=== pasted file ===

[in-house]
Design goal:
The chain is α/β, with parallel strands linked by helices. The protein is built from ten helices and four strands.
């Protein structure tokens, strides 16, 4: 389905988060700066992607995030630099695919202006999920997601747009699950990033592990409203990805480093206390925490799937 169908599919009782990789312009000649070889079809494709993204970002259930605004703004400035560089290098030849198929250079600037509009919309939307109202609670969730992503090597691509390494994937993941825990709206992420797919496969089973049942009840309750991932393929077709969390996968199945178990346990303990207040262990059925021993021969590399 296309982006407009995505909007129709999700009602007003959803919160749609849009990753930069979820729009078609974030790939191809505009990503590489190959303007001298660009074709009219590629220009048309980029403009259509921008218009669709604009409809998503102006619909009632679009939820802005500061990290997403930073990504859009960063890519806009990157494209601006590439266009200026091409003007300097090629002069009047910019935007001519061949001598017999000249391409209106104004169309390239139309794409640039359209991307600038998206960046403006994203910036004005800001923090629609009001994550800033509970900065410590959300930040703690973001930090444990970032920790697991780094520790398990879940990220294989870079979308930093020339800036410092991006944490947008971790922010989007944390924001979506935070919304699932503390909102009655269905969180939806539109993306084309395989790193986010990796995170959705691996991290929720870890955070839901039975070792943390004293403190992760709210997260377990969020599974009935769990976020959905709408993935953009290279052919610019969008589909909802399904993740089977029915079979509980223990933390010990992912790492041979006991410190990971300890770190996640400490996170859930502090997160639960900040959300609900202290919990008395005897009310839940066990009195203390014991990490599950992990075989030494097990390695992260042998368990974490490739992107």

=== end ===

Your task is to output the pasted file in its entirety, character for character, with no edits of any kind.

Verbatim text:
[in-house]
Design goal:
The chain is α/β, with parallel strands linked by helices. The protein is built from ten helices and four strands.
């Protein structure tokens, strides 16, 4: 389905988060700066992607995030630099695919202006999920997601747009699950990033592990409203990805480093206390925490799937 169908599919009782990789312009000649070889079809494709993204970002259930605004703004400035560089290098030849198929250079600037509009919309939307109202609670969730992503090597691509390494994937993941825990709206992420797919496969089973049942009840309750991932393929077709969390996968199945178990346990303990207040262990059925021993021969590399 296309982006407009995505909007129709999700009602007003959803919160749609849009990753930069979820729009078609974030790939191809505009990503590489190959303007001298660009074709009219590629220009048309980029403009259509921008218009669709604009409809998503102006619909009632679009939820802005500061990290997403930073990504859009960063890519806009990157494209601006590439266009200026091409003007300097090629002069009047910019935007001519061949001598017999000249391409209106104004169309390239139309794409640039359209991307600038998206960046403006994203910036004005800001923090629609009001994550800033509970900065410590959300930040703690973001930090444990970032920790697991780094520790398990879940990220294989870079979308930093020339800036410092991006944490947008971790922010989007944390924001979506935070919304699932503390909102009655269905969180939806539109993306084309395989790193986010990796995170959705691996991290929720870890955070839901039975070792943390004293403190992760709210997260377990969020599974009935769990976020959905709408993935953009290279052919610019969008589909909802399904993740089977029915079979509980223990933390010990992912790492041979006991410190990971300890770190996640400490996170859930502090997160639960900040959300609900202290919990008395005897009310839940066990009195203390014991990490599950992990075989030494097990390695992260042998368990974490490739992107």